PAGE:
A sixty-three-year-old woman describes her frustration with the limitations of the commonly used phrase “postmenopausal women”:
|I think the term is far too narrow. It defines us by the lack of blood dripping out of our vaginas every month, by our lack of reproductive ability. My 20-something feminist self in the mid-1960s would be appalled at the label; my 60-something self looks at the term quizzically and becomes equally appalled. The time from our early fifties until death, “the postmenopausal years,” may span thirty to fifty years. For many women, they may be some of our most productive and fulfilled years. For me, my life has not stopped getting better. But this time in my life needs a different label from “postmenopausal” that describes its richness and breadth. Years of maturity, years of more harmony, years of moving beyond? While my body may not able to do all that it once could, my life is a tremendous adventure—not waning. |
Though the term “postmenopausal” may be useful in a biological or life context, some women advocate doing away entirely with biologically based terms to describe older women. After all, “postandropausal” is not a term used for men.
Advertisements play on and exaggerate ourfears and anxieties about the natural changes in our bodies as we age. Businesses—especially the pharmaceutical, plastic surgery, and cosmetic industries—exploit and profit from these attitudes. Meanwhile, we are more likely to be put down for things that are admired or ignored in older men, such as pride in our achievements or having wrinkles on our faces or extra weight on our bones. The bottom line is that all of us are growing older and all our lives are touched by aging, but society in many ways doesn’t accommodate or value the needs and perspective of older women.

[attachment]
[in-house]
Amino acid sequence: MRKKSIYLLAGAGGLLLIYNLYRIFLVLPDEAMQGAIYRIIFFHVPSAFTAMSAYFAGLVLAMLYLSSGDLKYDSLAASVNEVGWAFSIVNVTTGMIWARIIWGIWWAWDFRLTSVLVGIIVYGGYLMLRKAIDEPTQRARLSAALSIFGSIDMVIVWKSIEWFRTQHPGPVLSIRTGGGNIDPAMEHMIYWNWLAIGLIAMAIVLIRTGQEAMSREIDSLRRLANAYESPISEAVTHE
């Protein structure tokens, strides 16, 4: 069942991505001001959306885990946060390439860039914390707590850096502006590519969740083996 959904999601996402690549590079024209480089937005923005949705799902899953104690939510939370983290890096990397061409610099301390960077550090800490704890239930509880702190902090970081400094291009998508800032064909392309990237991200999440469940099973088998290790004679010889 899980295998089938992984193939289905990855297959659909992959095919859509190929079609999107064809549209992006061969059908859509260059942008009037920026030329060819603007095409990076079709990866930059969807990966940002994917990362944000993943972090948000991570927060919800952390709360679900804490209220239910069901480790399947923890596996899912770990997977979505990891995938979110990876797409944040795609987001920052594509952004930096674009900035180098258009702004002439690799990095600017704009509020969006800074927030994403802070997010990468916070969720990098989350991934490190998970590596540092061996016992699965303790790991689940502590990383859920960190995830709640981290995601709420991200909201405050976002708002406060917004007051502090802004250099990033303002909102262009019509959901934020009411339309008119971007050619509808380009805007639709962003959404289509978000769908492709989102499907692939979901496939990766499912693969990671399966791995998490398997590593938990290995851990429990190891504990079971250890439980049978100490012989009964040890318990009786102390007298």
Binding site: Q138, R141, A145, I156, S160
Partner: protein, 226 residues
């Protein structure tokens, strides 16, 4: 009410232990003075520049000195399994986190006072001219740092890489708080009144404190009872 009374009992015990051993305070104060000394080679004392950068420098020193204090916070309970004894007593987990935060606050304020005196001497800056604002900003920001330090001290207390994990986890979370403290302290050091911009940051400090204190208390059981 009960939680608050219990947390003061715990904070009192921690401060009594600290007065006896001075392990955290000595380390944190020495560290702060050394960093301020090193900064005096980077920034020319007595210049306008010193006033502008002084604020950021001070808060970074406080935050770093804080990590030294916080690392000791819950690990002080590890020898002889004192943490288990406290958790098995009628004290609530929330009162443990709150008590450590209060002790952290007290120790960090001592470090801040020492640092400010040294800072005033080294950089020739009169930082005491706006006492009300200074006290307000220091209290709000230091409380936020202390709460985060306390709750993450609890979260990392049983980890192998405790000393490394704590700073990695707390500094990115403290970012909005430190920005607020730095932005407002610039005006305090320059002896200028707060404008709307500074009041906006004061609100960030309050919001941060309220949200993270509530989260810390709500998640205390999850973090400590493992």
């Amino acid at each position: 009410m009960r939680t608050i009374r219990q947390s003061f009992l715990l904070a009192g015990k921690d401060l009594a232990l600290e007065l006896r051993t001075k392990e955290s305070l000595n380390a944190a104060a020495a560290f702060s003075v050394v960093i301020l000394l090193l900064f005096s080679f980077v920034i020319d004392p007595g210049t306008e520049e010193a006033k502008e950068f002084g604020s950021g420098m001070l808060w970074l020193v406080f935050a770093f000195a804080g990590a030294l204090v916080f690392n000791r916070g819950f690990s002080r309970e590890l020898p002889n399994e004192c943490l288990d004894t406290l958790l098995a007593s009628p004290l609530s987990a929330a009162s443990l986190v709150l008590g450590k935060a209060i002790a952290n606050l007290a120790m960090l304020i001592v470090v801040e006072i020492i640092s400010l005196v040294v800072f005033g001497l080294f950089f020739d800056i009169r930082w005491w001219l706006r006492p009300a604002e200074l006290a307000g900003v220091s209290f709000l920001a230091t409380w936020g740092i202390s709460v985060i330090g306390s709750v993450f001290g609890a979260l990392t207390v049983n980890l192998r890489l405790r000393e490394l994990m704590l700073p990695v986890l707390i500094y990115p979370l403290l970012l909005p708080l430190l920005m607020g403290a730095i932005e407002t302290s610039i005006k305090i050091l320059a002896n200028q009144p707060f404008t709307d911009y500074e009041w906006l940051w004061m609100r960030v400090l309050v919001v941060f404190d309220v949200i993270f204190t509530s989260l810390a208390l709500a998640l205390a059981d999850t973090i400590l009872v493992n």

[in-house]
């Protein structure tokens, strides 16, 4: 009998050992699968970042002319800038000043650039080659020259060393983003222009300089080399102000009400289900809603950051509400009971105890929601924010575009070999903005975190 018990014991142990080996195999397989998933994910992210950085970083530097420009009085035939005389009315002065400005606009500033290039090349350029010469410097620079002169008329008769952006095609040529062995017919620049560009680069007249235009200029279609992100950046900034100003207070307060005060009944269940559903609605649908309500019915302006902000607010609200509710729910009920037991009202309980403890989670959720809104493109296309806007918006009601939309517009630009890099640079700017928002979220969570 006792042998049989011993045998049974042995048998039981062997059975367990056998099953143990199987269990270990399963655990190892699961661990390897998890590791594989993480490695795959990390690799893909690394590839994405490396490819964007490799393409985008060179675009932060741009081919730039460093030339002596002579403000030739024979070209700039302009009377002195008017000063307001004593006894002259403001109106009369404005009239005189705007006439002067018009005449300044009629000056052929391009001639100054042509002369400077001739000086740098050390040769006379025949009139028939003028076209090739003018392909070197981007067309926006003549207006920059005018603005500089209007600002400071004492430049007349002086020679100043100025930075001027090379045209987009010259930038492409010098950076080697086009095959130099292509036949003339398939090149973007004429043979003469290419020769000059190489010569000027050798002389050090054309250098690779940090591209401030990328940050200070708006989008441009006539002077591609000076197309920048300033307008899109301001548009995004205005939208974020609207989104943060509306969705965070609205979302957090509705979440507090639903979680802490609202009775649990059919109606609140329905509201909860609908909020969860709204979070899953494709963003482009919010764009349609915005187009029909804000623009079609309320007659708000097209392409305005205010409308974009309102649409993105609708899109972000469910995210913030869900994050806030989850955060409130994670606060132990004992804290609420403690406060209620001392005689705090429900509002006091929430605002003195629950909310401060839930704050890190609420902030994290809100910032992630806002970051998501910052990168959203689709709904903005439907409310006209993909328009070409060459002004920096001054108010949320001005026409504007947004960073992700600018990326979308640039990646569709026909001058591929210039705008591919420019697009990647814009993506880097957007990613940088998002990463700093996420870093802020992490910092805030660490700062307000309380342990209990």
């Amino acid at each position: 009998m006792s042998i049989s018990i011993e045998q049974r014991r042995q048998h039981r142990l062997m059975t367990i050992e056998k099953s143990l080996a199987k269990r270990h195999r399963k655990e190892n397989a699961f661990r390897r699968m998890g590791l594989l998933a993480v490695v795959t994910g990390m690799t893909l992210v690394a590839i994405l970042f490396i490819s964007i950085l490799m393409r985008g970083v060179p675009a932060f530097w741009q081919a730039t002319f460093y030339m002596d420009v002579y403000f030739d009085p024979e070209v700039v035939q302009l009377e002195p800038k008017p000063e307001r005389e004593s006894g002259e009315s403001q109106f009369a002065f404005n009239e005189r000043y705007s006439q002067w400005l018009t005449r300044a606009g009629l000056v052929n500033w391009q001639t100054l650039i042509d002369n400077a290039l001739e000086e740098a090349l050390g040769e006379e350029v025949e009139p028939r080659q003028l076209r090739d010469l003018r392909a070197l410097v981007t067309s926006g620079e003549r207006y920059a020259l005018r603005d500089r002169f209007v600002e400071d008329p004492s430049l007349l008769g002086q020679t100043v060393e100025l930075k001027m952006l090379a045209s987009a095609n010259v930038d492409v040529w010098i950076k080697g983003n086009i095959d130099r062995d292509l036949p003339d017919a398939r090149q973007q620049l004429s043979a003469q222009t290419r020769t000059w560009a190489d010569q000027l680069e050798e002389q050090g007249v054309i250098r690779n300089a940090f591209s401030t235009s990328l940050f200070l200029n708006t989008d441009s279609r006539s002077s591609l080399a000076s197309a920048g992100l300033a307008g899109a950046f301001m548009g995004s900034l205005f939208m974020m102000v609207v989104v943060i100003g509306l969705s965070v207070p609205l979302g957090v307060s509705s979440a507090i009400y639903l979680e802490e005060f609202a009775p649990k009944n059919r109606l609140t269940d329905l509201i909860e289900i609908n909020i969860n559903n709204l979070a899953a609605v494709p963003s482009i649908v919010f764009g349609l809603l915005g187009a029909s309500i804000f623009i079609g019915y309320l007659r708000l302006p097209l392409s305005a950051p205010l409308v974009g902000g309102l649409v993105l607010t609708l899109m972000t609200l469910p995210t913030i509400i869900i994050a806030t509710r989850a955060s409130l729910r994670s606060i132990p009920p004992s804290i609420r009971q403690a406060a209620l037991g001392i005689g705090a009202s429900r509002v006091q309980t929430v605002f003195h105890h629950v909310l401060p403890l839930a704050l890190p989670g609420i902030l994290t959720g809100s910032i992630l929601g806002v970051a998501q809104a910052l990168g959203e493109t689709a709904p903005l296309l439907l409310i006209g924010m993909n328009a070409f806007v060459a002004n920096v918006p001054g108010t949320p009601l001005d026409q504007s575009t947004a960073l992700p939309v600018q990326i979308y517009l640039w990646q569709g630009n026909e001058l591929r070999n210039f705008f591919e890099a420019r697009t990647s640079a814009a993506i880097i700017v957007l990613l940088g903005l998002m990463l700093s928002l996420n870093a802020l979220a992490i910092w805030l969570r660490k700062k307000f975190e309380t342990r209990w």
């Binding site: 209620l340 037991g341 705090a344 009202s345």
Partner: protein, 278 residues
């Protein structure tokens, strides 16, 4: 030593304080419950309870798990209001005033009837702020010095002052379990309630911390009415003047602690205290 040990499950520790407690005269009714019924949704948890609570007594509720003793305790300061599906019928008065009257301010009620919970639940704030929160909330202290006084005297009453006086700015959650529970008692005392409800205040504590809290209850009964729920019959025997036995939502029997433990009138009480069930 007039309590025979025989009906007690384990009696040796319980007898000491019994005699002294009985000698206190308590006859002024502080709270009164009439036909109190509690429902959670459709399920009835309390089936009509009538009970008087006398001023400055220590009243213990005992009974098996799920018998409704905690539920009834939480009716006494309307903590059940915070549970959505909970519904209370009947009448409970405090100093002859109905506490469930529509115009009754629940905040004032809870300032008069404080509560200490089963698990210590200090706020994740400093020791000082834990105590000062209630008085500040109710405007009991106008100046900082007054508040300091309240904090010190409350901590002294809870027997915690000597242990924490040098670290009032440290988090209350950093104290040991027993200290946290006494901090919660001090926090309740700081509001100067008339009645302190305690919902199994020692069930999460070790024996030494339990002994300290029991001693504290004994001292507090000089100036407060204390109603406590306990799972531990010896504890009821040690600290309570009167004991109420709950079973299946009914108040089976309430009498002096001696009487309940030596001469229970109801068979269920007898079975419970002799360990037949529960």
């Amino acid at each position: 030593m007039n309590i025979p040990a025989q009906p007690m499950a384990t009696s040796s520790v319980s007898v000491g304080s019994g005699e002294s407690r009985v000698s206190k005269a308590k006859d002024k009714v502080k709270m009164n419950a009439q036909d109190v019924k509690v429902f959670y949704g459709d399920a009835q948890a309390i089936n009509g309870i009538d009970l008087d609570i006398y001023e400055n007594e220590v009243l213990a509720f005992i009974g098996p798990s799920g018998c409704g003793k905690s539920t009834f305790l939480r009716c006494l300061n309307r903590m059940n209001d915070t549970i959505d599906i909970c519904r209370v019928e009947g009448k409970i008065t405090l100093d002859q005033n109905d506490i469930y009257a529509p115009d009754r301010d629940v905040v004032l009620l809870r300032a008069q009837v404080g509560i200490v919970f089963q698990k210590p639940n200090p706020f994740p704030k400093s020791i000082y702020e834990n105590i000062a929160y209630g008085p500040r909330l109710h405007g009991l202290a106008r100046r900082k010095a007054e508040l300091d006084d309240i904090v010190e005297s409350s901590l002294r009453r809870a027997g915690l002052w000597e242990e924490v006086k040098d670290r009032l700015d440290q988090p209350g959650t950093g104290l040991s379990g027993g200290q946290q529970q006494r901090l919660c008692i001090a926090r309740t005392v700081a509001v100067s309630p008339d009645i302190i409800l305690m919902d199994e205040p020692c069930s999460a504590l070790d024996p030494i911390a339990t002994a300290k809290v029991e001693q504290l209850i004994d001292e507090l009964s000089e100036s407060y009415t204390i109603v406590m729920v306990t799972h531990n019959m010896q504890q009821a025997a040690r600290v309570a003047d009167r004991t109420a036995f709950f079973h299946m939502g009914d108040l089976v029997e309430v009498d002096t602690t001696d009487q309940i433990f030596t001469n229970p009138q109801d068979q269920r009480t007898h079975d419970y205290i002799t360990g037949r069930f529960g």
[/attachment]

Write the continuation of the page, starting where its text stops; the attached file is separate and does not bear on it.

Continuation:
Aging itself is often seen as a condition that we have to do something about—giving rise to the phrase “medicalization of aging.” The natural changes in our bodies associated with growing older become defined as diseases or conditions that always (rather than sometimes) need medical supervision or intervention, including drugs or surgery. Self-acceptance as we age can be hard-won but invaluable.
A popular newspaper column by Shirley Haynes has made many rounds via email. In response to a young person asking how she feels about being old, Haynes wrote, “I was taken aback, for I do not think of myself as old.” Then she thought about it some more:
|I would never trade my amazing friends, my wonderful life, and my loving family for less gray hair or a flatter belly. As I’ve aged, I’ve become kinder to myself, and less critical of myself. I’ve become my own friend. . . . I will walk the beach in a swim suit that is stretched over a bulging body, and will dive into the waves with abandon if I choose to, despite the pitying glances from the bikini set. They, too, will get old (if they’re lucky). . . . So, to answer the question, I like being older. It has set me free. I like the person I have become.7|
Excerpted from the 2011 edition of Our Bodies, Ourselves. © 2011, Boston Women's Health Book Collective.
3. National Center for Health Statistics, Health, United States, 2009: With Special Feature on Medical Technology, January 2010, cdc.gov/nchs/data/hus/hus09.pdf.
4. National Center for Health Statistics, Health, United States, 2008, With Special Feature on the Health of Young Adults, March 2009, p. 203, cdc.gov/nchs/data/hus/hus08.pdf#026.
5. Federal Interagency Forum on Aging-Related Statistics, Older Americans 2010: Key Indicators of Well-Being. July 2010, www.agingstats.gov/agingstatsdotnet/Main_Site/Data/2010_Documents/Docs/OA_2010.pdf.
7. Shirley Haynes, “Odds N Ends,” McKenzie River Reflections, April 26, 2007, bit.ly/ecyDiH.